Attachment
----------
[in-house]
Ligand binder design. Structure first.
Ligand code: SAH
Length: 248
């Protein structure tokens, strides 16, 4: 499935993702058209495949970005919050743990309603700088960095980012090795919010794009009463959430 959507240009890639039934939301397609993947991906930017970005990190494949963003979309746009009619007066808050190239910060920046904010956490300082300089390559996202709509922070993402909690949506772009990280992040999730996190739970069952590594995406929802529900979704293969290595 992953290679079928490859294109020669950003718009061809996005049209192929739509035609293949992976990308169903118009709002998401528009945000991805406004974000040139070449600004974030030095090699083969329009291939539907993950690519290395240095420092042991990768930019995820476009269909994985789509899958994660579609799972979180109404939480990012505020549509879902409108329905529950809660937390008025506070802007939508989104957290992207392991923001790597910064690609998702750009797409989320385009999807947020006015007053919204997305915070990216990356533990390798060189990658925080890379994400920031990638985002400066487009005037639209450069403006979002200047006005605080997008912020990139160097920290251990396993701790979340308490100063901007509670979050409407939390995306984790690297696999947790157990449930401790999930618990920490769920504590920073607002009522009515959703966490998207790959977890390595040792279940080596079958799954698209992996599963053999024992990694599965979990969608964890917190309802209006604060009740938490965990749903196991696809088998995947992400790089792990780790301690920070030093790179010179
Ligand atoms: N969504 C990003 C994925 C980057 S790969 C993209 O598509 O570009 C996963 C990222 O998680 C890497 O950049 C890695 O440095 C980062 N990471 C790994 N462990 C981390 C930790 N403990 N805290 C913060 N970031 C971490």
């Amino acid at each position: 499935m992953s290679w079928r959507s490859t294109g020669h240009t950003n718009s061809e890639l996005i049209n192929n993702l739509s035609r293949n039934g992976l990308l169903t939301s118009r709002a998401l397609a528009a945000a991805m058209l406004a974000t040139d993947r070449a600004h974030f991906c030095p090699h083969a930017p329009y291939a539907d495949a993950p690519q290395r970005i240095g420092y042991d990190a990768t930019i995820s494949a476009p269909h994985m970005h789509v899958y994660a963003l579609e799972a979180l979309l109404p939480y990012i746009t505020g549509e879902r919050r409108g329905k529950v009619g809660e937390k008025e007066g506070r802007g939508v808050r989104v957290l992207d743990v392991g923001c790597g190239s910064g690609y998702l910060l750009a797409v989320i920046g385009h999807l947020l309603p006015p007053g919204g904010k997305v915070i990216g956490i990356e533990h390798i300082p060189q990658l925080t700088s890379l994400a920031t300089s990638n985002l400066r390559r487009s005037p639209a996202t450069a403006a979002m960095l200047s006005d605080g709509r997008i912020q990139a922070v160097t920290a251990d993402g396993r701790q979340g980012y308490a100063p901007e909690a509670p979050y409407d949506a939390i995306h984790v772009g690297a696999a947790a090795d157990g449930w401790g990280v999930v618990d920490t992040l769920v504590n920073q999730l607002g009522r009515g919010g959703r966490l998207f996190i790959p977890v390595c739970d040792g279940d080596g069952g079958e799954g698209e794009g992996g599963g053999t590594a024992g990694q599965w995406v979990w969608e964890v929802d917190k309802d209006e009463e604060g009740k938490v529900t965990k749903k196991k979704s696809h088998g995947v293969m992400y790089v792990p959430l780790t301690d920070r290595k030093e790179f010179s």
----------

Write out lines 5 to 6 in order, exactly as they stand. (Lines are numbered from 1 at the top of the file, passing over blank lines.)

């Protein structure tokens, strides 16, 4: 499935993702058209495949970005919050743990309603700088960095980012090795919010794009009463959430 959507240009890639039934939301397609993947991906930017970005990190494949963003979309746009009619007066808050190239910060920046904010956490300082300089390559996202709509922070993402909690949506772009990280992040999730996190739970069952590594995406929802529900979704293969290595 992953290679079928490859294109020669950003718009061809996005049209192929739509035609293949992976990308169903118009709002998401528009945000991805406004974000040139070449600004974030030095090699083969329009291939539907993950690519290395240095420092042991990768930019995820476009269909994985789509899958994660579609799972979180109404939480990012505020549509879902409108329905529950809660937390008025506070802007939508989104957290992207392991923001790597910064690609998702750009797409989320385009999807947020006015007053919204997305915070990216990356533990390798060189990658925080890379994400920031990638985002400066487009005037639209450069403006979002200047006005605080997008912020990139160097920290251990396993701790979340308490100063901007509670979050409407939390995306984790690297696999947790157990449930401790999930618990920490769920504590920073607002009522009515959703966490998207790959977890390595040792279940080596079958799954698209992996599963053999024992990694599965979990969608964890917190309802209006604060009740938490965990749903196991696809088998995947992400790089792990780790301690920070030093790179010179
Ligand atoms: N969504 C990003 C994925 C980057 S790969 C993209 O598509 O570009 C996963 C990222 O998680 C890497 O950049 C890695 O440095 C980062 N990471 C790994 N462990 C981390 C930790 N403990 N805290 C913060 N970031 C971490």